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Blind Runner Chasing Paralympics Gold

The Royal New Zealand Foundation for the Blind

New Zealand has its own version of Marla Runyan, the middle distance runner who made headlines last month when she became the first legally blind athlete to represent the USA at the Olympic Games.

Tim Prendergast is 21 and a rising star in New Zealand athletics - even though he can barely make out the ground in front of him.

Prendergast has Stargardt's disease, an inherited degenerative condition which begins during childhood. Today he has only 3/60 vision (meaning what most of us can see at 60 metres, he can only see at three metres) and has no central vision.

But despite restrictions on his training (for example, he can't train at night) the young Wellington runner has his mind set on becoming New Zealand's first blind Olympian.

Prendergast started in competitive athletics 13 years ago aged eight, around the same time as his central vision began to disappear. But his deteriorating sight has never swayed him from running around a track.

He frequently trains and competes with sighted athletes, joining New Zealand Olympians Toni Hodgkinson and Beatrice Faumuina in Queensland in August and September for a pre-Olympics training camp. While there he also got to meet his role model Runyan, who was likewise warming up for the Olympics at Queensland training camp.

Like Runyan, who listens to her rivals' breathing to gauge her position, Prendergast has had to develop his own ways of dealing with a bunch of athletes in the highly tactical 800m and 1500m events.

"Because I can't really see other athletes coming up around me, I'm in danger of stumbling or being 'checked' if I'm in a tight bunch. So I always try to get on the outside or run up front."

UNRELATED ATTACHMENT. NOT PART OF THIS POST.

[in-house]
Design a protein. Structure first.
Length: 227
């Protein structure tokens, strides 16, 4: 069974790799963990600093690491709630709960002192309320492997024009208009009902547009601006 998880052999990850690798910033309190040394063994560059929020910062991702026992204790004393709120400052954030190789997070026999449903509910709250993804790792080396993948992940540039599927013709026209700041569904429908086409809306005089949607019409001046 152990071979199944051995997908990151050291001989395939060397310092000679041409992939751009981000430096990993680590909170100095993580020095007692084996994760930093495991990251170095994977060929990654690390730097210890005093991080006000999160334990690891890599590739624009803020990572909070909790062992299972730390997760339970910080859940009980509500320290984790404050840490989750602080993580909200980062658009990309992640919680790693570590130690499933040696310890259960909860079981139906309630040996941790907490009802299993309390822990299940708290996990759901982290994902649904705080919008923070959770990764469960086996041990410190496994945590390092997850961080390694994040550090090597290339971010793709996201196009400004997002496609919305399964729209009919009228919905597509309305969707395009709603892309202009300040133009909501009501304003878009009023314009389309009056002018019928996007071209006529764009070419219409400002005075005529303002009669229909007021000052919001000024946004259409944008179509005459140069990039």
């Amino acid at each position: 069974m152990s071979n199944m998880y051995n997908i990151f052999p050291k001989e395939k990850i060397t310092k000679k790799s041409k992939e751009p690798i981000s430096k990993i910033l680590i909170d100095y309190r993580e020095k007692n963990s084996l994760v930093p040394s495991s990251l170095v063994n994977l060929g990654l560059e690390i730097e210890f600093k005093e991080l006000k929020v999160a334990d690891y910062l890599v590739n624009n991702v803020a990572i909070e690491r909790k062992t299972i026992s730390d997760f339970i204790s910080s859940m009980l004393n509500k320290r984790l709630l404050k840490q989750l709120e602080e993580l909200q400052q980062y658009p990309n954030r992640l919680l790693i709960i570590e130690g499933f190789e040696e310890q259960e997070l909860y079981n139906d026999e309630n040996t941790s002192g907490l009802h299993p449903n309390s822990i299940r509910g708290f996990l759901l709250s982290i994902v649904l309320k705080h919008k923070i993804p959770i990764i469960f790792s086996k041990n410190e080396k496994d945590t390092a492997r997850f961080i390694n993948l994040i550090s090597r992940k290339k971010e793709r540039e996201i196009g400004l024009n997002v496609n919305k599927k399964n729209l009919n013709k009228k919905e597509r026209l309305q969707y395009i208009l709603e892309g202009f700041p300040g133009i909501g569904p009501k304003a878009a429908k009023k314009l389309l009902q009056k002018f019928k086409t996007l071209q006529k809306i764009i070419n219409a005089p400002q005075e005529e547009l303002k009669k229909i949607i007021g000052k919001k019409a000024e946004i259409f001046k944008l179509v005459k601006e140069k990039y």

On Wednesday Prendergast heads to the Paralympics in Sydney, one of only two blind or sight-impaired members of New Zealand's team.

He will be our Paralympian equivalent of Toni Hodgkinson, competing in the B3 800m and 1500m. Blind athlete classifications range from B1 or totally blind, to B3 for those with some practical vision. He will be lining up as one of the outright favourites for a track medal.

Last year Prendergast ran the fastest 1500m of any B3 athlete in the world in a time of 3:57:80 and is officially number two in the world rankings.

His personal best in the 800m is 1:53:45 - just a fraction behind the B3 world record of 1:53:37.

At the World Blind Games in Spain in 1998 Prendergast won silver and bronze - even though he was still a teenager in an event that traditionally favours athletes in their late 20s or 30s.

While success at the Paralympics is his immediate challenge, Prendergast hopes the experience will help him towards his dream of eventually representing New Zealand on the track at an Olympics.

And, while there's been plenty of post-Olympics talk about New Zealand's lack of medals and competitiveness at Sydney, Prendergast is burning to deliver the goods - and some happier headlines, providing the Paralympics are given the media coverage they deserve.

Says Prendergast, who was the first non-travelling reserve for the Atlanta Paralympics four years ago, "I'm definitely aiming for gold. You've got to go for it!"

Prendergast's Paralympics competition begins on Oct 20 with the 800m, with the 1500m scheduled for Oct 27.

-ends-

For further information, please contact Catherine Hennessy, RNZFB Communications Co-ordinator, Ph: (09) 355-6884, 021 687 426.


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